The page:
An elegant new venture from the people behind SPQR.
Taking over the space of that used to be the historic Ponsonby post office is Augustus Bistro— the new culinary venture of Chris Rupe (of SPQR notoriety) with his daughter Courtney. The eatery has elegantly entered the Ponsonby food scene, quickly establishing itself as a bastion of 'cool'. Paying homage to its historic roots, Augustus was named after 1920 postmaster Augustus Braithwaite and hints of that decade's art-deco glamour permeate the restaurant's calming, minimalistic, fit-out and vibe.
Interior designer Emma Richardson has expanded the space with a generous use of mirrors and natural light, also utilizing a subtle, almost eggshell grey/blue on the walls. Simultaneously, the space is grounded and luxurious, with the floors and bar lined in a dark wood, allowing for intimacy and warmth within the restaurant. Even on a busy evening, each table feels separate from the others, allowing a dining experience where your focus can be entirely on your own party (and not on worrying about the woman with the loud laugh on another table).
The interior flows seamlessly to the exterior garden dining area, landscaped by Andy Hamilton. This is a space where you can make the most of a warm afternoon or enjoy a romantic moonlit dinner in front of the large outdoor fireplace. That indoor-outdoor relationship creates the sense that Augustus is a separate world, and once you step inside, you are cut off from reality for a period, existing in a kind of timelessness.
After sitting down for our lunch service on a relatively quiet mid-week afternoon, I perused the menu. Rupe's penchant for French and Italian food was immediately evident and the dishes appeared decadent but relatively simple. Options include steak tartare and French onion soup as entrees, and variations on standard main dishes, including lamb, risotto and duck. Overall the menu came across well-rounded and diverse, mixing traditional French and Italian elements with interesting, fresh twists. Any questions we had on the various courses were quickly and helpfully dealt with by our waitress, who was efficient and carried out her job with an elegance and calm, befitting the space.
Despite the fact that the menu was designed in consultation with Clooney chef Des Harris, Augustus' food seems to pride itself on its simplicity and heartiness. The tartare was delicate and light, with a beautifully balanced palate of flavours; and after a stolen spoonful of the onion soup, I was transported back to living in Paris. We left the entrees feeling tickled in anticipation for the mains to come.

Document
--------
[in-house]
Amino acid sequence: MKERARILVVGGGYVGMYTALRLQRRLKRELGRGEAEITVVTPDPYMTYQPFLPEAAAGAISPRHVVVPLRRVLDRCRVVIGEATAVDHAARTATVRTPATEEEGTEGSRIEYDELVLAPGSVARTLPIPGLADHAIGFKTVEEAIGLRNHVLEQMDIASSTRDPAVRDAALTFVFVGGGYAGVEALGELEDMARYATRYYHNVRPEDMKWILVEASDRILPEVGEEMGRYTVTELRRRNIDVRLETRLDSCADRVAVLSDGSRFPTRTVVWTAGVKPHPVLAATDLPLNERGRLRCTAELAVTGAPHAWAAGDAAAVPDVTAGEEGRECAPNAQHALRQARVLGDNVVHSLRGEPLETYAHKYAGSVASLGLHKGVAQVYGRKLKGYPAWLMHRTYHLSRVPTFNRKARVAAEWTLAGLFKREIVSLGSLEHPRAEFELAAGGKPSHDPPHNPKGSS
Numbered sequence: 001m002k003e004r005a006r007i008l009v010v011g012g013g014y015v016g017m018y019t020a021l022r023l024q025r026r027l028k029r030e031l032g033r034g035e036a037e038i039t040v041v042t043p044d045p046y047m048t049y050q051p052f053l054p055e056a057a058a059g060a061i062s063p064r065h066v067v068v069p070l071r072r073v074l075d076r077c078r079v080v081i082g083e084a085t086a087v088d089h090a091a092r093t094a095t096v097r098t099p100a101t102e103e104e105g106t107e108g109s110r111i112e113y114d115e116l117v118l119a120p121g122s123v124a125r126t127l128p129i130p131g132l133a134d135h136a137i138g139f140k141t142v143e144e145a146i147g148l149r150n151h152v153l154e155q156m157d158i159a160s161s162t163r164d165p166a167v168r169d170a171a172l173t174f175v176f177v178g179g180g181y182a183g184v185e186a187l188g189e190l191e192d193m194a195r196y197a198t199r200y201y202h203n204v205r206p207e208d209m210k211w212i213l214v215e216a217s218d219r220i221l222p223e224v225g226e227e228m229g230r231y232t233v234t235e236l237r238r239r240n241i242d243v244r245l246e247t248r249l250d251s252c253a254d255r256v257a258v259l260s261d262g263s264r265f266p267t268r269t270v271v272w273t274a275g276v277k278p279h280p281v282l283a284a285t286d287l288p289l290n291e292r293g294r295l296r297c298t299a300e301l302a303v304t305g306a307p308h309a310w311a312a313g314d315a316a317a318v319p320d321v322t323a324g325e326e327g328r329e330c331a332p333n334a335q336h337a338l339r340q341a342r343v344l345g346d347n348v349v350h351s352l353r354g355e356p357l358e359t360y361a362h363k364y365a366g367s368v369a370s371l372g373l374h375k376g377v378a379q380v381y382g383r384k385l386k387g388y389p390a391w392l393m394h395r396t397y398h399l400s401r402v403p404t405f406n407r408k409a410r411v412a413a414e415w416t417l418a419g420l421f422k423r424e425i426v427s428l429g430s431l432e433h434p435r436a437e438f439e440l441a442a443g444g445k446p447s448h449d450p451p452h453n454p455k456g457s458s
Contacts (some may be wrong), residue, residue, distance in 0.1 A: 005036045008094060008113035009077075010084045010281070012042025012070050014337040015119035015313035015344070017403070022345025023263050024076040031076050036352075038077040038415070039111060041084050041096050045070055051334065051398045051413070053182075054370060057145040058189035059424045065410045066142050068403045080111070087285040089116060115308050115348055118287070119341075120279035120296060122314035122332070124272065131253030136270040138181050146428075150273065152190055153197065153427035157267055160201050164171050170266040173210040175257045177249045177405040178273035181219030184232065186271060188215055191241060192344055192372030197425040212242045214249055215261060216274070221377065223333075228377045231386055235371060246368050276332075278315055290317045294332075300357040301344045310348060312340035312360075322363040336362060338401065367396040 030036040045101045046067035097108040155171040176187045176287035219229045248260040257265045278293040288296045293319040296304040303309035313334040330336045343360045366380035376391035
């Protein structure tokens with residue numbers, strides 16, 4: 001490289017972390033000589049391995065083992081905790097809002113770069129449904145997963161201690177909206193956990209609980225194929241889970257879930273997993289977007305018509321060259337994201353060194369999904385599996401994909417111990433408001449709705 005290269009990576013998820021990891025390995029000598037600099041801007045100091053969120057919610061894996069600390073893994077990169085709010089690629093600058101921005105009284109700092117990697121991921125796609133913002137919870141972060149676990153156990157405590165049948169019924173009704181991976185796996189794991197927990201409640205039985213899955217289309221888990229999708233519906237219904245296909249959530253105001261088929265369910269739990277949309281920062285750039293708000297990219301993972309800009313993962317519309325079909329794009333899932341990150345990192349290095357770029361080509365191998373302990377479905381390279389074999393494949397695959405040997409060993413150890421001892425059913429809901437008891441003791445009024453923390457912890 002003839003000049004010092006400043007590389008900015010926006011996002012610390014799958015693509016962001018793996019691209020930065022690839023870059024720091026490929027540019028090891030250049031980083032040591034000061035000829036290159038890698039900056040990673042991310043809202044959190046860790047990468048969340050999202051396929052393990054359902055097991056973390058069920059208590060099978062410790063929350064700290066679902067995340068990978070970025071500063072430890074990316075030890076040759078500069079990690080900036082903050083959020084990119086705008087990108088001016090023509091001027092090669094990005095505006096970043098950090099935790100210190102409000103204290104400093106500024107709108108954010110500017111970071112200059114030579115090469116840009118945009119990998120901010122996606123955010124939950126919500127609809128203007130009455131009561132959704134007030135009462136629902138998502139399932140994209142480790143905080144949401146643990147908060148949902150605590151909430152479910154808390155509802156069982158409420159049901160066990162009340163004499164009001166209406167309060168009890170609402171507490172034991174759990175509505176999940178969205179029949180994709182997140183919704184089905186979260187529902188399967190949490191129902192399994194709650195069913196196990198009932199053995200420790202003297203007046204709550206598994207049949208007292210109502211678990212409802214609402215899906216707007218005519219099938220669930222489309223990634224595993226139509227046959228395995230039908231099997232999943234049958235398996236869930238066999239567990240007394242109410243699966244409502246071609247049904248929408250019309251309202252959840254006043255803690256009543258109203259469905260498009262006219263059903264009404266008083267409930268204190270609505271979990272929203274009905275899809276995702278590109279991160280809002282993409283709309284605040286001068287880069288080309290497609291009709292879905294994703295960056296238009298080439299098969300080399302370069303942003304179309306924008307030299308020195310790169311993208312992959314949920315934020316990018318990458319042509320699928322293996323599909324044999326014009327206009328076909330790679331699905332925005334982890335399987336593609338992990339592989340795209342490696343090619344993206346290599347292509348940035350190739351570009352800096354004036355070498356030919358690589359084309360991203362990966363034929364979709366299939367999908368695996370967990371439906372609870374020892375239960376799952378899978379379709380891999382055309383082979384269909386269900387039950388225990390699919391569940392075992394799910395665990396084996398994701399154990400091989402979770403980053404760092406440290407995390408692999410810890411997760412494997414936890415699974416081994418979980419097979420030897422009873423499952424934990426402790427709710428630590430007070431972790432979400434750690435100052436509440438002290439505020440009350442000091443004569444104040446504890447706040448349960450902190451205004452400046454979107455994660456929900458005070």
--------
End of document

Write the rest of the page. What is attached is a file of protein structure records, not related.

Our main courses were presented beautifully. The plates were full but cleanly constructed, and the colour combinations used seemed to be as important as the flavour ones. I had the lamb rack, and my meat had obviously been expertly handled by french chef Christophe Carissan. It was tender and flavoursome, and the natural taste of the meat was allowed to shine through as the star. I was left feeling overwhelmed by the amount of sauce drenched around each element on my plate. Toward the end of the meal I could only taste the sauce, and I was left wishing there had been less. My duck-eating friend expressed a similar sentiment, both of us lamenting that it felt a little too much. In contrast, the fish and the risotto were both lighter dishes and seemed to be the better choice for a light lunch meal option.
Augustus has a really good thing going. It is the perfect kind of restaurant for anything from a casual catch-up to a more formal occasion meal. It is a versatile and effortlessly sophisticated restaurant and a truly pleasurable environment to be in. Even a slightly too-rich dish wouldn't be enough to deter me from visiting again. Rupe and his daughter Courtney are clearly a formidable power, and what they've created here is a testament to their understanding of Aucklanders' wants and needs, and how to fulfill those gracefully. I look forward to my next visit.
Published on February 15, 2017 by Margie Cooney